San Diego's iconic skyline is new and improved
The renovation of our 90,000 square-foot Sails Pavilion is finally complete. After six-months of active construction in the exhibit space, it has been re-opened with some illuminating additions.
Thanks to a collaborative effort between San Diego Convention Center staff, its Board of Directors as well as City and State officials, funding in the form of a historic $25.5 million loan was acquired for this project as well as seven other capital improvement projects to enhance the venue. The total cost of the roof replacement, new water cannons for the fire-suppression system and concrete flooring totaled $16.7 million. New LED lighting, which was funded by the Convention Center, was the final touch to the new and improved space.
We're proud to share that the entire roof-replacement project has been documented with a time-lapse video. Here's how it was created:
- We used two cameras. One is a GoPro HERO5, which was capturing one picture per minute. The GoPro used a time-lapse video function that stitched those picture together in a 4K video format automatically.
- The second camera was TrueLook camera, which was capturing one picture every two minutes, and was also programmed to stop in frequent periods of non-activity (i.e. nothing was changing after midnight in the Pavilion.) The awesome feature of the TrueLook camera is that we could access those images live, immediately after they were captured. The GoPro required some breaks in recording for our staff to take the camera down, offload the photos and replace the microSD card.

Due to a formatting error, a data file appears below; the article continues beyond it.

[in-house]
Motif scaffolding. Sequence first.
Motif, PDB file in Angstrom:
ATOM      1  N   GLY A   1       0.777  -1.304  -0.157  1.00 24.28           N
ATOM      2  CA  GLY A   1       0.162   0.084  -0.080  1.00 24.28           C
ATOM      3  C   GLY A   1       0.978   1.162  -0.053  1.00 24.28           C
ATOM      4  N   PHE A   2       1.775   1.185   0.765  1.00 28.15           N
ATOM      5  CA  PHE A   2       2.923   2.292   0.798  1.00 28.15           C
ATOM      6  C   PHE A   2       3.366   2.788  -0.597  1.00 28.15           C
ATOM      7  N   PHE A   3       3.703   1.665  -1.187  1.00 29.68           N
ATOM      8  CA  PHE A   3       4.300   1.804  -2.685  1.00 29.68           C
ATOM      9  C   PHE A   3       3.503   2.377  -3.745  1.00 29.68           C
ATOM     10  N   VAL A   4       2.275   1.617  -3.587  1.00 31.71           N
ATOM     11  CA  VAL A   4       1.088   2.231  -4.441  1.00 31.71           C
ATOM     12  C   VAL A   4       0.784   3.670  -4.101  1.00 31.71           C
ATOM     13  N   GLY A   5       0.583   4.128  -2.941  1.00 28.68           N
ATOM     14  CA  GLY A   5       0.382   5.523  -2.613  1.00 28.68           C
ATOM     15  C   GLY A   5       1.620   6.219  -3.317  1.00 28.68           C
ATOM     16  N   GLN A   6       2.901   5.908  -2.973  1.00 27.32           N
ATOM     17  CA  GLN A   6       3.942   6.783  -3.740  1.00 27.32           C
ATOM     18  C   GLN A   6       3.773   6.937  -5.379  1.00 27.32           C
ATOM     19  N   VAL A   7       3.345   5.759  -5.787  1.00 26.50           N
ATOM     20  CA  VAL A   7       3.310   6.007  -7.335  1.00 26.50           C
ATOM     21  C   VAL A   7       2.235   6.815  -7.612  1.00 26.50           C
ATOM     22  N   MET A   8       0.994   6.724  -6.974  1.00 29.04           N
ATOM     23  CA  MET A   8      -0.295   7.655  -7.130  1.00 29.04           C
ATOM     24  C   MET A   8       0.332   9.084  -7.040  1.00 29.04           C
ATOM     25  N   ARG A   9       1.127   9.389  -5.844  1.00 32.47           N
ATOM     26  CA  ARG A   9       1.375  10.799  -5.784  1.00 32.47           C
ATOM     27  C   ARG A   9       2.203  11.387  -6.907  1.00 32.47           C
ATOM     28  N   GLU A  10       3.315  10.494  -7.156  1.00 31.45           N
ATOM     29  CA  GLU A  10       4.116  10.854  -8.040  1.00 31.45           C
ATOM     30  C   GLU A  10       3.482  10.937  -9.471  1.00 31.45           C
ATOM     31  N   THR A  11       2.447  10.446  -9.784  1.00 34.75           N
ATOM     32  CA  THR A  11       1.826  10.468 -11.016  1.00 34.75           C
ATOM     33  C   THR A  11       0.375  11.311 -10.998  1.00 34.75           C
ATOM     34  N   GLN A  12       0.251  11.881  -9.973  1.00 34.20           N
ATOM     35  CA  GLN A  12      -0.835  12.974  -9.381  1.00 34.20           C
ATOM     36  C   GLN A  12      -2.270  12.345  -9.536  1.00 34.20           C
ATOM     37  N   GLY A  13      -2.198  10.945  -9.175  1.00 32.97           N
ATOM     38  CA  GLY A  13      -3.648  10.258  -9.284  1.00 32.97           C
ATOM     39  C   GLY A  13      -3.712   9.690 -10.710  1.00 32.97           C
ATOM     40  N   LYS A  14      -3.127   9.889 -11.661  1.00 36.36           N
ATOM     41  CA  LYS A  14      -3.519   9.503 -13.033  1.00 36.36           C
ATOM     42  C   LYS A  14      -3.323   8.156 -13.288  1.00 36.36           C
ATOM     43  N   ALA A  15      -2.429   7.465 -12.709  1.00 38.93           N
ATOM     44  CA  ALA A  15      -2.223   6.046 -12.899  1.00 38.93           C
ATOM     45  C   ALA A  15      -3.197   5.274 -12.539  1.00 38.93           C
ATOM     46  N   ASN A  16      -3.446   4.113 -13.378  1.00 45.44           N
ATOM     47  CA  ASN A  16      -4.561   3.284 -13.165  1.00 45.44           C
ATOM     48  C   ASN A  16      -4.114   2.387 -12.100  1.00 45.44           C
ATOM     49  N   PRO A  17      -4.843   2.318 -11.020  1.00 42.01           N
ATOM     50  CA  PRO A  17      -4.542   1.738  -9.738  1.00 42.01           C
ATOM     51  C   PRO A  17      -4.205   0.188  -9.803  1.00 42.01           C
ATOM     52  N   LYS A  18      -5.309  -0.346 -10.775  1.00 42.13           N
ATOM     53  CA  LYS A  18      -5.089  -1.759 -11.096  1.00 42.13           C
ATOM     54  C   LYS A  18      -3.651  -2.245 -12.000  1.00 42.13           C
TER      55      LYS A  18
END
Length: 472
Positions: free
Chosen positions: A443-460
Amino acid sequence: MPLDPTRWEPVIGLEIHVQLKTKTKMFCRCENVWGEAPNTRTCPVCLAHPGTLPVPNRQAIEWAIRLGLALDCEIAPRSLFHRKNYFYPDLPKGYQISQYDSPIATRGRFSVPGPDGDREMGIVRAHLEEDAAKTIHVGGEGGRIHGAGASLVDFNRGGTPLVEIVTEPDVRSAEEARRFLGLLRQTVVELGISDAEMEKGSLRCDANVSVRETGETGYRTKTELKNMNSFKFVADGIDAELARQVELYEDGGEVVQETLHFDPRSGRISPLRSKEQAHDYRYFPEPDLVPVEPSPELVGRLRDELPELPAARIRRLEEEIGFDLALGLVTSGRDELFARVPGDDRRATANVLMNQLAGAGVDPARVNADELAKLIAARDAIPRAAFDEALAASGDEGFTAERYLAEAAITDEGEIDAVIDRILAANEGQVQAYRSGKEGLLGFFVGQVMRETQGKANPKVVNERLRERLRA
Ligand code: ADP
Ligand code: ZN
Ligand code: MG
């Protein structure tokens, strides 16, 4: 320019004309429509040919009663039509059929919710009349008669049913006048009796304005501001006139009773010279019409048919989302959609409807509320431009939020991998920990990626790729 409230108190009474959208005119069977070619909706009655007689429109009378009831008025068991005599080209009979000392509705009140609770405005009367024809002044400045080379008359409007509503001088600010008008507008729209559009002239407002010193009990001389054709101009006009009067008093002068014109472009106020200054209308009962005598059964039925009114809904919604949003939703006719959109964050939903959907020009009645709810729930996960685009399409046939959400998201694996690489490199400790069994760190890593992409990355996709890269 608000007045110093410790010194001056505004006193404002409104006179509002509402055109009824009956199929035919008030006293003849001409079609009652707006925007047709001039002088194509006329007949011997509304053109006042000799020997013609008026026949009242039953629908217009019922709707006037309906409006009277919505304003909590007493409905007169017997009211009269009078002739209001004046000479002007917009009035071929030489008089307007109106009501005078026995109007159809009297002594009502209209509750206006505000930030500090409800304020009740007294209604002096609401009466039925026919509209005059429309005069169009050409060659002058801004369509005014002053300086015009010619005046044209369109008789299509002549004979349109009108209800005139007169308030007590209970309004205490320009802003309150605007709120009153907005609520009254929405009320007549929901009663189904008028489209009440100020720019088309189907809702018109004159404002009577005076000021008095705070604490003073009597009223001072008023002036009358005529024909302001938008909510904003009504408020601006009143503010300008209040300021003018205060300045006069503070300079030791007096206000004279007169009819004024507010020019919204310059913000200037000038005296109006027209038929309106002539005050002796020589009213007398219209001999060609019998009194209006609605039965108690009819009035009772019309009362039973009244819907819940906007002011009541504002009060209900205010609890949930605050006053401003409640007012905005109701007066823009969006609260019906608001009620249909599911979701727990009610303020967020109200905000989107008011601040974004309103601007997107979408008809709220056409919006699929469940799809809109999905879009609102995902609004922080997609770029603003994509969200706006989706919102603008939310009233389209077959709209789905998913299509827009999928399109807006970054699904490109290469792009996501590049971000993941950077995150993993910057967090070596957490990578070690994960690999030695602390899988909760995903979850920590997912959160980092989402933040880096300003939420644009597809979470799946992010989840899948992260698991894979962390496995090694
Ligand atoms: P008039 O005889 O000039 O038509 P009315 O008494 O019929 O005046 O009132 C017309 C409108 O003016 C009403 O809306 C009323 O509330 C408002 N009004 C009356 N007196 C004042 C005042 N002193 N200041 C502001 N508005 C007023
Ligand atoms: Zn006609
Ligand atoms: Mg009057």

We're proud to share that the entire roof-replacement project has been documented with a time-lapse video.
At the end of the project, the TrueLook camera had captured over 85,000 images. These were manually stitched together at 30 frames per second to create the time-lapse video. And remember, the GoPro took at least the double that amount of images.
The final count for the amount of footage was about 47 minutes of video from the TrueLook, and over 97 minutes of video from the GoPro.
Both of these files had to be scrubbed through to cut periods of non-activity. For the GoPro that meant every night and weekend had to be removed, and the TrueLook needed most evenings and weekends. The final cuts of high-activity time-lapse were about 24 minutes on the GoPro and 20 minutes on the TrueLook.
The last step was to combine both of these angles and strategically cut out footage until we had 5 minutes of sizzle, then sync it to music.
Here's the final product, we hope you enjoy this striking look back at this landmark project.